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10 Responses to Live MBTA bus speeds

  1. Pingback: Boston Weekly Roundup: Live MBTA Bus Speeds & More!

  2. Evan says:

    You ought to produce a poster of this.

  3. Erik says:

    Love this idea. As a color blind person (together with something like 10% of all men), I can say that the map is useless. I appreciate you’ve used tools to adjust the colors for us, but it didn’t work. Red/green maps, charts, and visualizations are used everywhere because they’re supposedly instantly intuitive, but you have to realize that, for us, it’s the exact opposite. The most common form of color blindness is called red-green, if that gives you any jndication of hiq frustrating this is. Your map conveys literally NO information. What’s worse, there’s no way for us to make it usable. I really, really want to see what you’ve done, but you’ve given me no choice.

    I would suggest that everyone would also immediately understand red=slow, blue=fast, which would read well for color blind people. Anything but red/green.

    • Thanks for your feedback, Erik. It’s comforting in an unfortunate way, as it confirms my suspicion that there’s no way to win with colors here. Red and green are bad for color blind people, but red and blue (which I used in the original map) received complaints for not making sense: blue is understood to mean “slow” apparently, or at the very least it’s no more easily understood than any other totally arbitrary color scheme.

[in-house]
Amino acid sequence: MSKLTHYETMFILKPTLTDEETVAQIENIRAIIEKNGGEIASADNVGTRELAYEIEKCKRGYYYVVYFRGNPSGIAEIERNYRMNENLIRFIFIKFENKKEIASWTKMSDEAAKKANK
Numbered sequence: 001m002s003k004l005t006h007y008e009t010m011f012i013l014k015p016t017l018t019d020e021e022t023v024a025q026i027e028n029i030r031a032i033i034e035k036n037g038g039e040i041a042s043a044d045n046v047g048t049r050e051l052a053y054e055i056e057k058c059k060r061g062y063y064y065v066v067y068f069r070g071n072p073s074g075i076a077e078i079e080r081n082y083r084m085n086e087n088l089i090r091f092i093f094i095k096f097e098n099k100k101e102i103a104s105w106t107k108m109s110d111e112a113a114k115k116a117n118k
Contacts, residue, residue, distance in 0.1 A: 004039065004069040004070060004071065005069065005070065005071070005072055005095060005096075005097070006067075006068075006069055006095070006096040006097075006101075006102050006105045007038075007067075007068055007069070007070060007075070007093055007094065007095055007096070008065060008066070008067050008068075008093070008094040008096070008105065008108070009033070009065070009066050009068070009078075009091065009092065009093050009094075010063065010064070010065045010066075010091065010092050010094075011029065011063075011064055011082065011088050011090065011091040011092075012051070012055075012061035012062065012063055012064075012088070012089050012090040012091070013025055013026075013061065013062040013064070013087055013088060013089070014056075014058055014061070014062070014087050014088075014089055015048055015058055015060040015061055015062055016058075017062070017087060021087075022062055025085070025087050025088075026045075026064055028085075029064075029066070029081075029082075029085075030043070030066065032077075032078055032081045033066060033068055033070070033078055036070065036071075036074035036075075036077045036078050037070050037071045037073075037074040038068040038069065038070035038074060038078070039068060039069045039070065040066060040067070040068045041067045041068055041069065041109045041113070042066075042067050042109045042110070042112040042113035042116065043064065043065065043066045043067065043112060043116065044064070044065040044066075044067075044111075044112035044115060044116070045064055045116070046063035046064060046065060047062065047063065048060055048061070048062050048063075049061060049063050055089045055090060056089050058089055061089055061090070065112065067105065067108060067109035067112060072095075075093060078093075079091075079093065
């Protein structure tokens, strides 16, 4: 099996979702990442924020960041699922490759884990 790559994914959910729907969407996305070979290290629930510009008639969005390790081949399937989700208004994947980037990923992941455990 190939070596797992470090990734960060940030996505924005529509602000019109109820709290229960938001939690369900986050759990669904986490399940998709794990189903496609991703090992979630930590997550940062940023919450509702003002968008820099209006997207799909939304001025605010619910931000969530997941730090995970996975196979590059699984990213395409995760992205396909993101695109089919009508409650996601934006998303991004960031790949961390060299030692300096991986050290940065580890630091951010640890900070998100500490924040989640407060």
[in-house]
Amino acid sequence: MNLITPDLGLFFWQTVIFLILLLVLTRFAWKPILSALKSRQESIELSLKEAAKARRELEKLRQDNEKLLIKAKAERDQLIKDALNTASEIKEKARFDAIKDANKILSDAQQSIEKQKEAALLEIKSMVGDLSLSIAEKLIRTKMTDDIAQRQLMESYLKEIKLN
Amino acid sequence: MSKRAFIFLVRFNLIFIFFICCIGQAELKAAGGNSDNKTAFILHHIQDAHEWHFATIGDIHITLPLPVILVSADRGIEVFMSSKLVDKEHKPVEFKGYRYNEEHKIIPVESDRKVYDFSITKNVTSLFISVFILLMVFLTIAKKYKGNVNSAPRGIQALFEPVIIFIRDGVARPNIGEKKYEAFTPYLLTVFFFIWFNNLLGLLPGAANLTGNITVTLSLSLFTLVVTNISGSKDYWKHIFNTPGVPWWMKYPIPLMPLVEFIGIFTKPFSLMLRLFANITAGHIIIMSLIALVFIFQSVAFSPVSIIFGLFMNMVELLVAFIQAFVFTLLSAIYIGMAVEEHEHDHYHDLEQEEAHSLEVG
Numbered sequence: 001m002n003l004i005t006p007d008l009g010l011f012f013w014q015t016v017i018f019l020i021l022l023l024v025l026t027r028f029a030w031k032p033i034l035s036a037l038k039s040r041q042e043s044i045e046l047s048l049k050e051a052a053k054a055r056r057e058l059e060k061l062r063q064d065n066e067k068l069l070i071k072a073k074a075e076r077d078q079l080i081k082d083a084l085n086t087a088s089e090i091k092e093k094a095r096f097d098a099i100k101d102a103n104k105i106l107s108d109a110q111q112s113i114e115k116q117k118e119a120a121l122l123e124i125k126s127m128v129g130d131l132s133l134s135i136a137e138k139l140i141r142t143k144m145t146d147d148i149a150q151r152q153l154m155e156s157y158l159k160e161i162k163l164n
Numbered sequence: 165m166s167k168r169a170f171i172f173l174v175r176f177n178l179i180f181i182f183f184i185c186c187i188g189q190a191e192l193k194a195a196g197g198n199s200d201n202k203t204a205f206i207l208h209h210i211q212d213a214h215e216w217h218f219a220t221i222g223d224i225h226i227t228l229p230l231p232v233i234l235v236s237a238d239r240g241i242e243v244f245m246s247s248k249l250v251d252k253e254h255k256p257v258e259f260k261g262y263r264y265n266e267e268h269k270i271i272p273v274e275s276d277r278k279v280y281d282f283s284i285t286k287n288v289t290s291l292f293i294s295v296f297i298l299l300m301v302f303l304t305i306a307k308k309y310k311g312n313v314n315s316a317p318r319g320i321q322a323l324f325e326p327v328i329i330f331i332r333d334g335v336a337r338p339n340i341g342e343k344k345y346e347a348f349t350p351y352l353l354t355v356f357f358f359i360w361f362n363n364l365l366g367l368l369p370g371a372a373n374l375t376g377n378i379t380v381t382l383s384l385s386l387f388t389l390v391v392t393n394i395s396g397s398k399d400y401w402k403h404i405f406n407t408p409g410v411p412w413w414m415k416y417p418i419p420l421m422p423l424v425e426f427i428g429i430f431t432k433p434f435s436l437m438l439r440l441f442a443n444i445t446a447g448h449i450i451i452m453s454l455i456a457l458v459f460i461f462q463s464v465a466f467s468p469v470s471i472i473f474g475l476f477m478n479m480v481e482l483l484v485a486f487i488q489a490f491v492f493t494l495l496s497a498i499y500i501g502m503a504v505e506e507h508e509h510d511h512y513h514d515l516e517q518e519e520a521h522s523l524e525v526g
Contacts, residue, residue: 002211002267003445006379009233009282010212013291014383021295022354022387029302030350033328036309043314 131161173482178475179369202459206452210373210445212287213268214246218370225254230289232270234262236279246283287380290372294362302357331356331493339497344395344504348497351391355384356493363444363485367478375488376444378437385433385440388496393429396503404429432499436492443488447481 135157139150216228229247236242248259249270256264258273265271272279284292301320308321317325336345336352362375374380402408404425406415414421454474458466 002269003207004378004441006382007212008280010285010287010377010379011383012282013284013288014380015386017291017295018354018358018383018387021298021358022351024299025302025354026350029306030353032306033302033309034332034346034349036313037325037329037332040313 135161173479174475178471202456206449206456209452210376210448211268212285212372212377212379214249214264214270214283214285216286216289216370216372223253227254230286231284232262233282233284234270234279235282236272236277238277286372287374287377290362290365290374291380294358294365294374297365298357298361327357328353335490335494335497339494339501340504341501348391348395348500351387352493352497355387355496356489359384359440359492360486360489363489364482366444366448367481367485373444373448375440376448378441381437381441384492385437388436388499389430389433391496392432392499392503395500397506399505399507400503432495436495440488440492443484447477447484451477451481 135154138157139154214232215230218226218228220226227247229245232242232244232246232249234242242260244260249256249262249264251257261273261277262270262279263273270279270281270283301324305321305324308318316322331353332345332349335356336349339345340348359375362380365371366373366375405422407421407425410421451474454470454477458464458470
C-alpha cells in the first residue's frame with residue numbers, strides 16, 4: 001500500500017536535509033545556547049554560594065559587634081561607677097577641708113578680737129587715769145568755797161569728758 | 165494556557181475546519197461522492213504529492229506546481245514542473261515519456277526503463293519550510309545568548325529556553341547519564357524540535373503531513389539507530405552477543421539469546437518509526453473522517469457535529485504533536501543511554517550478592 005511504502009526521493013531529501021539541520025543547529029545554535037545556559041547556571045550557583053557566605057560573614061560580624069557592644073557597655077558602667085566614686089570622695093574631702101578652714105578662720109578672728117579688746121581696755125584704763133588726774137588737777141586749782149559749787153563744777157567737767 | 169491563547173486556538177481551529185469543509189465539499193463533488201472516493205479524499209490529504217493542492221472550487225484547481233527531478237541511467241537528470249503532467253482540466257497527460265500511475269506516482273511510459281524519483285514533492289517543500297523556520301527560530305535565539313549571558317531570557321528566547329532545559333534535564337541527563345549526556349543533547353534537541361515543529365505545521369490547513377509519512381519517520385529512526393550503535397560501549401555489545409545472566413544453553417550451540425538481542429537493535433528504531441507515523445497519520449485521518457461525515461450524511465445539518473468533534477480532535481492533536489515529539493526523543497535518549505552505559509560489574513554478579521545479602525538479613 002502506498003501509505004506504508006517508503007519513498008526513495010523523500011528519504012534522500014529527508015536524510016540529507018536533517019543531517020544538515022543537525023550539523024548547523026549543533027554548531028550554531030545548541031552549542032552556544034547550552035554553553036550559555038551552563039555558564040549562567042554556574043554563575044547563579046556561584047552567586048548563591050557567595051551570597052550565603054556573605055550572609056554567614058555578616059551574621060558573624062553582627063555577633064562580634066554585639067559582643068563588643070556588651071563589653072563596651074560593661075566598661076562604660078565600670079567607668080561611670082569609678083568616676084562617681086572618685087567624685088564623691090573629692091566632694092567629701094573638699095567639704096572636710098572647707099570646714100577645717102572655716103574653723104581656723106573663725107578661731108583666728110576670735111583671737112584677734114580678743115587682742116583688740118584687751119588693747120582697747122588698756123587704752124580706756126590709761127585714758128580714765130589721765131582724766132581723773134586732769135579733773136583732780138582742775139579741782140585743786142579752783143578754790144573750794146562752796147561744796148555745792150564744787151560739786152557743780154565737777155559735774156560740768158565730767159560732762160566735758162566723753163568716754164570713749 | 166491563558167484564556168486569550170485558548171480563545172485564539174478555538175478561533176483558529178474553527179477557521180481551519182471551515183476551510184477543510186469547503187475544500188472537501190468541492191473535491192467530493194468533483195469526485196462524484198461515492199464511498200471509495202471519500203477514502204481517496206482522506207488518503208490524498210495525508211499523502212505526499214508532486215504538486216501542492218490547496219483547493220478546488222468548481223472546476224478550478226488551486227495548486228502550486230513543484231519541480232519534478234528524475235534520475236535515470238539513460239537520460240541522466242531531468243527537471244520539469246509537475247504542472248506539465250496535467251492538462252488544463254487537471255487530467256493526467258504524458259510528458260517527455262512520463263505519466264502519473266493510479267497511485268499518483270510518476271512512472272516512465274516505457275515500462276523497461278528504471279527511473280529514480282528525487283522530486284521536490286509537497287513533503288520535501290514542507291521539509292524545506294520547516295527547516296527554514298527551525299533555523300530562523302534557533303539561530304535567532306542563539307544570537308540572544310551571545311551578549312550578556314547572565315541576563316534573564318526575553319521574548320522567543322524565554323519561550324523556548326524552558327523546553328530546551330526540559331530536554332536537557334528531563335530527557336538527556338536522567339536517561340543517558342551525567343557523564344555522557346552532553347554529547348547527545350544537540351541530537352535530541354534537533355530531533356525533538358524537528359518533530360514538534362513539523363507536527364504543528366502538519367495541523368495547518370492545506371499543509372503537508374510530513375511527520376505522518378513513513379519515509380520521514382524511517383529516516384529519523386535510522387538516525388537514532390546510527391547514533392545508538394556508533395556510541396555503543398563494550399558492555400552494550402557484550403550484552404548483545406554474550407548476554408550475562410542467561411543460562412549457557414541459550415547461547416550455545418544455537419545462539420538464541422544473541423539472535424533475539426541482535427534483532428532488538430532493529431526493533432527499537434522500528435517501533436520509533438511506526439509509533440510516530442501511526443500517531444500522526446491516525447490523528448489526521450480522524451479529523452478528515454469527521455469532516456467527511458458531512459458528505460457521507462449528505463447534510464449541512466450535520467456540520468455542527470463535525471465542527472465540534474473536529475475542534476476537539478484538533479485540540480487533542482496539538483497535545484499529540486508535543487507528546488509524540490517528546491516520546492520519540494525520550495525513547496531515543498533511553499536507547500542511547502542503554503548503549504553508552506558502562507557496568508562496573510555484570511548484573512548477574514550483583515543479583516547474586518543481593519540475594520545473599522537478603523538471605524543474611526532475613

The color blindness simulation tools suggest that these colors can be distinguished (red and yellow being more difficult than red and green, in fact), but clearly this isn’t true, at least not for all individuals. I hope that in time traffic maps can break away from the red-yellow-green traffic light metaphor so that we don’t have to make sacrifices one way or the other.

  4. Nabljuduvach says:

    Nifty. I wonder if it could be adapted to show the mendacity of politicians in real time. Imagine if every politician were required to wear an ultra-miniature polygraph, which would report to a central server every time a lie was detected. Then each politician’s mendacity index could be displayed on a website in real time.

  5. Pingback: Curioso mapa diario de las velocidades de los autobuses que recorren Boston | Teknófilo

  6. dave says:

    Really interesting map and idea. I always thought it would be interesting to mesh bus travel time data with weather data, then you could average the travel times for certain weather (rain, snow, sunny, etc) and have a rough estimate of delays when said weather happens.

  7. Dom says:

    Love the look of these, especially . Do you happen to have any to have these in higher resolution, 15,000×15,000 ppi? Wanted to print my own poster, for personal use of course.


  8. Pingback: Your Favorite Traffic Map is Lying to You - Joshua Stevens

  9. Adam says:

    Amazing. Would be neat to see this applied to other cities like mine (Vancouver, Canada)… The data is out there: TransLink Open API page –